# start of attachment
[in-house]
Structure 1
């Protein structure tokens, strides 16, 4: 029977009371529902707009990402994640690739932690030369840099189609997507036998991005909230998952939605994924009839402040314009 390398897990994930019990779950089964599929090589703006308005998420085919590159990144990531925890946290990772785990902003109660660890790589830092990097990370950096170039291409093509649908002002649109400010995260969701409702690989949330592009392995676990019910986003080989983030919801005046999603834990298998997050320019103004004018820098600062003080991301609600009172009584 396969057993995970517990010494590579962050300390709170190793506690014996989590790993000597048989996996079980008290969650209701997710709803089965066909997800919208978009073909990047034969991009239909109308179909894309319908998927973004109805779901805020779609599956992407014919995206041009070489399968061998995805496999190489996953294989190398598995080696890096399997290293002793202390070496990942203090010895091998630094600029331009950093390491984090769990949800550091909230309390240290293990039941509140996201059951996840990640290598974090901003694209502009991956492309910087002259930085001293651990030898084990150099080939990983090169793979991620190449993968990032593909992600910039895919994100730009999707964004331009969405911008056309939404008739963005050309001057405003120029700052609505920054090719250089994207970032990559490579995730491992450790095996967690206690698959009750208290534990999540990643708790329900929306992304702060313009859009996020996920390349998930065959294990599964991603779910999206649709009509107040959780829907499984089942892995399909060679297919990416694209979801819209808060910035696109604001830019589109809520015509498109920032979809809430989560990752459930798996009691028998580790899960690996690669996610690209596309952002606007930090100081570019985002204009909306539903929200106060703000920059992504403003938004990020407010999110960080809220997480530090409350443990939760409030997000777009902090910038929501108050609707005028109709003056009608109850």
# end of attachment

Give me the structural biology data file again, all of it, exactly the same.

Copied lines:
[in-house]
Structure 1
């Protein structure tokens, strides 16, 4: 029977009371529902707009990402994640690739932690030369840099189609997507036998991005909230998952939605994924009839402040314009 390398897990994930019990779950089964599929090589703006308005998420085919590159990144990531925890946290990772785990902003109660660890790589830092990097990370950096170039291409093509649908002002649109400010995260969701409702690989949330592009392995676990019910986003080989983030919801005046999603834990298998997050320019103004004018820098600062003080991301609600009172009584 396969057993995970517990010494590579962050300390709170190793506690014996989590790993000597048989996996079980008290969650209701997710709803089965066909997800919208978009073909990047034969991009239909109308179909894309319908998927973004109805779901805020779609599956992407014919995206041009070489399968061998995805496999190489996953294989190398598995080696890096399997290293002793202390070496990942203090010895091998630094600029331009950093390491984090769990949800550091909230309390240290293990039941509140996201059951996840990640290598974090901003694209502009991956492309910087002259930085001293651990030898084990150099080939990983090169793979991620190449993968990032593909992600910039895919994100730009999707964004331009969405911008056309939404008739963005050309001057405003120029700052609505920054090719250089994207970032990559490579995730491992450790095996967690206690698959009750208290534990999540990643708790329900929306992304702060313009859009996020996920390349998930065959294990599964991603779910999206649709009509107040959780829907499984089942892995399909060679297919990416694209979801819209808060910035696109604001830019589109809520015509498109920032979809809430989560990752459930798996009691028998580790899960690996690669996610690209596309952002606007930090100081570019985002204009909306539903929200106060703000920059992504403003938004990020407010999110960080809220997480530090409350443990939760409030997000777009902090910038929501108050609707005028109709003056009608109850």